Previous studies have described conflicting results regarding the correlation between retinal central subfield thickness (CSFT) and visual acuity in wet AMD. In a recent cohort study, researchers aimed to analyze the relationship between CSFT variation and change in BCVA in a group of patients (141 eyes) over 12 months receiving anti-VEGF treatment to identify factors of prognostic significance. In all, 1300 OCT scans were recorded in the study.
At the end of 12 months, there was a statistically significant reduction in CSFT in all eyes. The mean BCVA of the high CSFT variation group (50.6 letters) was significantly lower than that of the low and moderate CSFT variation groups (57.5 and 59.8 letters, respectively). The adjusted mean BCVA gains were +1.7, +7.2 and +7.8 letters in the high, moderate and low CSFT variation groups respectively.
Along with observing a reduction in retinal thickness, there was a corresponding gain in vision. However, the authors noted there was a highly significant difference in visual outcomes after stratifying by thickness variation across the entire period of follow-up.
“Despite differences in baseline characteristics with the high CSFT variation group having a thicker baseline CSFT, this association remained significant after adjustment for baseline differences in demographic and clinical characteristics, including gender, age, baseline CSFT, lesion type and index greatest linear diameter, baseline BCVA, proportion of active visits and number of VEGF inhibitor injections,” the authors noted in their study. “In our data set, the high CFST variation group had lower baseline BCVA.”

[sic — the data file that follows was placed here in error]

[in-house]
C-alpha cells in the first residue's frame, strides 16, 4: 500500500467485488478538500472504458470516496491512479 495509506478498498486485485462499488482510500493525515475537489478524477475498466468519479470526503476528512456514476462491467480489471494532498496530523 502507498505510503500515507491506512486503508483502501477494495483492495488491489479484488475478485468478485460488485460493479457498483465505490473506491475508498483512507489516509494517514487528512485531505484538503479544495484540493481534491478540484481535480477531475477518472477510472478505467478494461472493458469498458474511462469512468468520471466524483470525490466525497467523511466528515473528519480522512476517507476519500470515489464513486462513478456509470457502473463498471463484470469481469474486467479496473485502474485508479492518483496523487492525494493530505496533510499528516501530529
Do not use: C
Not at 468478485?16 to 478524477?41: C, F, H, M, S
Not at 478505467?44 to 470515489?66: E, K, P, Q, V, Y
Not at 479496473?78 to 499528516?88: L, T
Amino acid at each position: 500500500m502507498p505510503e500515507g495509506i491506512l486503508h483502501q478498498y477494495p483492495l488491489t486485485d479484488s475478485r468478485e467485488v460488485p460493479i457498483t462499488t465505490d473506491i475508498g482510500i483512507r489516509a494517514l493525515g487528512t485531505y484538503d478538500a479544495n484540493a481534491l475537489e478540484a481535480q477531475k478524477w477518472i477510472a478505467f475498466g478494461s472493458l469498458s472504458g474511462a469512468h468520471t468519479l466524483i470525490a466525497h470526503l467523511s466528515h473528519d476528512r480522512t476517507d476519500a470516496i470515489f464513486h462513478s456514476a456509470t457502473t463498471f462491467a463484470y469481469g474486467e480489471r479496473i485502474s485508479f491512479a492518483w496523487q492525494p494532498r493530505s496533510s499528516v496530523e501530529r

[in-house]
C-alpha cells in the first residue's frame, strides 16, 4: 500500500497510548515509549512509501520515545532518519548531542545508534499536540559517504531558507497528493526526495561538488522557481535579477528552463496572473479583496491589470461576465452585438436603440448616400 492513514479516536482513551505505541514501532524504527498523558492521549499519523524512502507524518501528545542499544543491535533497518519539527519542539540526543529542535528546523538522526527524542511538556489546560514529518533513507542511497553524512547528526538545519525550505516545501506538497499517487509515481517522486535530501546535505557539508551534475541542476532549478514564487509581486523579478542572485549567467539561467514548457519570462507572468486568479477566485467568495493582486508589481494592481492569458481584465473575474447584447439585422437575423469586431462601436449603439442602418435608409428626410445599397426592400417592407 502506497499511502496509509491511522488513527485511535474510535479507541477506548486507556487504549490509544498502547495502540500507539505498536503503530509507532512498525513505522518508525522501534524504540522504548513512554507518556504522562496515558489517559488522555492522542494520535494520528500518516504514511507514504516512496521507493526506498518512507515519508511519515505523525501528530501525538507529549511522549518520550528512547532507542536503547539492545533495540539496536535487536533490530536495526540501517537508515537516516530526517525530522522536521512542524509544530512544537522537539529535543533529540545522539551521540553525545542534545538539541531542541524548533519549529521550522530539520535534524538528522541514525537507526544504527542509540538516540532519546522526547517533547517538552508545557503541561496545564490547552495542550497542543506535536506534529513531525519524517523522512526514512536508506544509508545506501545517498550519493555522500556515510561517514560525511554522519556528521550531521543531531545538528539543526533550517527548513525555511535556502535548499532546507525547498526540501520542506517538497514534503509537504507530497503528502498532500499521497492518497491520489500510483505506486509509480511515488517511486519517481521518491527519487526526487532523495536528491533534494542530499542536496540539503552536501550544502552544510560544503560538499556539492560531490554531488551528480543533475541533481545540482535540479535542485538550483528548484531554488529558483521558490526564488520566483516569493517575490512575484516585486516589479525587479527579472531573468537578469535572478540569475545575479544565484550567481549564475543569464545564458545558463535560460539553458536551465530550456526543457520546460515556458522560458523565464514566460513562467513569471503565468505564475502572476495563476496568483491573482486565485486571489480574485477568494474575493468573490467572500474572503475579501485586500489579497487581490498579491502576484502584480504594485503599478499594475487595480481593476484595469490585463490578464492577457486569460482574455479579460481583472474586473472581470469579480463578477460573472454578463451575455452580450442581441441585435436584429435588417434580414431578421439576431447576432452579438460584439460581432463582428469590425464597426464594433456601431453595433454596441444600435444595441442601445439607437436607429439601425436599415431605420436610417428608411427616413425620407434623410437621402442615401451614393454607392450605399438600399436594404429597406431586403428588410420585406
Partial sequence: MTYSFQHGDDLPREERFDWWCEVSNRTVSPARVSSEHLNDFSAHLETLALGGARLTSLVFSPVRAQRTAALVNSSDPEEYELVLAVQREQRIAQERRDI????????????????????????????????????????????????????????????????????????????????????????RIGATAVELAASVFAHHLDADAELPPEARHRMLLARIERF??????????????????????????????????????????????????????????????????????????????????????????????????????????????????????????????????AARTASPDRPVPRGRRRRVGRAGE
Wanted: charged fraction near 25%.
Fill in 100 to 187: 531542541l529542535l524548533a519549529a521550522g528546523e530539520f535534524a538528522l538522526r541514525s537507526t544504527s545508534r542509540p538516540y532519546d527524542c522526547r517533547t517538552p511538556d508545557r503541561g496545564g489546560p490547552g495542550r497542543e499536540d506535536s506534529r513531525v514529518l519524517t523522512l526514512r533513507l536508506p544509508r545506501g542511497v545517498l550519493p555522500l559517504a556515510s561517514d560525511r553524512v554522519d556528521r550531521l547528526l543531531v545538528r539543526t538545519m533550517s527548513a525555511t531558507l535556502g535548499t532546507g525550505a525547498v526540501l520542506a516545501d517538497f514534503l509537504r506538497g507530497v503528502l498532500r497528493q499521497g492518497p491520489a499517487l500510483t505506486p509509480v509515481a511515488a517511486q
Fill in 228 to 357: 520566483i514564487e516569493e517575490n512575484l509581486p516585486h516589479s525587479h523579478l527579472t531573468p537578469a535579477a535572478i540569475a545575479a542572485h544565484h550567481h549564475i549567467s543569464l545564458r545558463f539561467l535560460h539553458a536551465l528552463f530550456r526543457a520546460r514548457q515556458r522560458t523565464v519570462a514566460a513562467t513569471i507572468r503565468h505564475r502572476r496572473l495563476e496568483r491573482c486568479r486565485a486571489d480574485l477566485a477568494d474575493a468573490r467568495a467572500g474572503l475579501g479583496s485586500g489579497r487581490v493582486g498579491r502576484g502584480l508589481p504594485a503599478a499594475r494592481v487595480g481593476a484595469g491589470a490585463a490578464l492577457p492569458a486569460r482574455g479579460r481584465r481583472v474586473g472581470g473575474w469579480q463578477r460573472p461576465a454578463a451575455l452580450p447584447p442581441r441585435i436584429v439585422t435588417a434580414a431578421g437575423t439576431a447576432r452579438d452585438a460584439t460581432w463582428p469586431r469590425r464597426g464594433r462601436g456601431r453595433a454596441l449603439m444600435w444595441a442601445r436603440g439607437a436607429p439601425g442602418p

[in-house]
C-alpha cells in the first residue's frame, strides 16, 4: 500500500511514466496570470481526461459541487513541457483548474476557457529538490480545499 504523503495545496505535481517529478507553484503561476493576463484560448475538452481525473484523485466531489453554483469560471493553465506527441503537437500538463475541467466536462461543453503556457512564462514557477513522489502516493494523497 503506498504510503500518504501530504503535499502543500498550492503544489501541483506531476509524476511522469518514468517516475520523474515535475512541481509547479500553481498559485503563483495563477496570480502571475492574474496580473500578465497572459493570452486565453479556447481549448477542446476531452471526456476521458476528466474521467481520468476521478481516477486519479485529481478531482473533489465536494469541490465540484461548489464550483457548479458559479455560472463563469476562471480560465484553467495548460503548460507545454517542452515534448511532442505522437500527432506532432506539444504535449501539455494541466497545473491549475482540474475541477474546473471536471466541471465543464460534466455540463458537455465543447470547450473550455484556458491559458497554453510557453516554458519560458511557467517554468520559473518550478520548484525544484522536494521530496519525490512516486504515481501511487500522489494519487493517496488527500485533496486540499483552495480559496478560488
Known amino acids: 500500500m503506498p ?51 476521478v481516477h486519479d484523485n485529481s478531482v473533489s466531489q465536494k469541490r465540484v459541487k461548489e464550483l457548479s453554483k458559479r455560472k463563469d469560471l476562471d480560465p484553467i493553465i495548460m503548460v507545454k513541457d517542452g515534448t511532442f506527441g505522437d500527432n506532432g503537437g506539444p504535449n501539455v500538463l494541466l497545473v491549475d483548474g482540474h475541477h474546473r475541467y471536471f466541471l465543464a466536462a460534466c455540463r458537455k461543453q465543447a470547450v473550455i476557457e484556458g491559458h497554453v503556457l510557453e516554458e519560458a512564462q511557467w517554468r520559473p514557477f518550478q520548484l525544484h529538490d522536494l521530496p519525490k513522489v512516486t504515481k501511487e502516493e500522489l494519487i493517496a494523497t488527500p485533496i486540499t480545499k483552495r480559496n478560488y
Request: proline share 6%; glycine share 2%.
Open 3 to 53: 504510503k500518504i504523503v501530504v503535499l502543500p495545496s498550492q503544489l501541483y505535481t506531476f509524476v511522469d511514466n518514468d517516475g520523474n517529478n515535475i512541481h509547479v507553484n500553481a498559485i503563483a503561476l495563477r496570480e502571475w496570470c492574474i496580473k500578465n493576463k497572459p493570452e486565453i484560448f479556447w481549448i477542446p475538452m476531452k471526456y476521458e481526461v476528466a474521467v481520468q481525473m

It's already been shown that a lower baseline BCVA is a predictor of poorer final BCVA, but this status is also associated with greater letter gains from therapy. The authors of the present study explained this was not noted in their research, which suggests that retinal thickness fluctuation was the driving factor for poor vision gains in the high CSFT variation group.
“The poor outcomes in the high CSFT variation group may be due to the negative effect on the integrity of retinal structures and viability of photoreceptors in eyes with retinal thickness fluctuations,” the authors noted. “We hypothesize that the presence of retinal fluid results in a decreased photoreceptor directional sensitivity due to alterations in cone alignment and structure, and recurrent photoreceptor stretching and shrinking, which in turn may cause loss of photoreceptor viability and cellular loss.”
Cheong KX, Teo AW, Cheung CM, et al. Association between retinal thickness variation and visual acuity change in neovascular age-related macular degeneration. Clinical Science. April 15, 2021. [Epub ahead of print].